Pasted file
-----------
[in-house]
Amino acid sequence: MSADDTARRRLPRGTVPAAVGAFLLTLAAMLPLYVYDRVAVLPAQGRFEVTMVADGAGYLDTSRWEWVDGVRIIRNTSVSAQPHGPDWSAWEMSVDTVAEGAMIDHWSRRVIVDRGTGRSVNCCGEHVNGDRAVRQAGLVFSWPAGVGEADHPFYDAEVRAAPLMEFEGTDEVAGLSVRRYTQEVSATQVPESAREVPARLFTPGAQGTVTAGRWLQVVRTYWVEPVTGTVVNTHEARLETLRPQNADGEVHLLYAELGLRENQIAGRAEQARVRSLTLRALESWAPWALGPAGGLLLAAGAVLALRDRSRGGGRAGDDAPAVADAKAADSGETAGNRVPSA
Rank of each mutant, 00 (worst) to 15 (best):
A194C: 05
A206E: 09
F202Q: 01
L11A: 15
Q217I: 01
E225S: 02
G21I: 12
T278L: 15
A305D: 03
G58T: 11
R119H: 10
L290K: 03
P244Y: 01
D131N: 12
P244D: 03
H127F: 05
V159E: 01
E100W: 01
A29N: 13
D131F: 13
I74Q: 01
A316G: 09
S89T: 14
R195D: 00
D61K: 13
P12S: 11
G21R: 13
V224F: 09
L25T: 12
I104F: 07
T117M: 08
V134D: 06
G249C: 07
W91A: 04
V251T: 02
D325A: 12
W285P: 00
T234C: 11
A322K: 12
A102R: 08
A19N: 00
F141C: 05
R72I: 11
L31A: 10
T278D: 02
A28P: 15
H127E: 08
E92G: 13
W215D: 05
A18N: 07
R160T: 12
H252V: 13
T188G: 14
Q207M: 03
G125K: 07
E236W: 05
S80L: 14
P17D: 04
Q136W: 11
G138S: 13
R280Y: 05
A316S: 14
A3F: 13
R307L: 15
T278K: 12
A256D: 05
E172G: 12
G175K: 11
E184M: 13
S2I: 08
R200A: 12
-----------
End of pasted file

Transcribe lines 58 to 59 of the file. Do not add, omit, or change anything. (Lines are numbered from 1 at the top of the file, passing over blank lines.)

G125K: 07
E236W: 05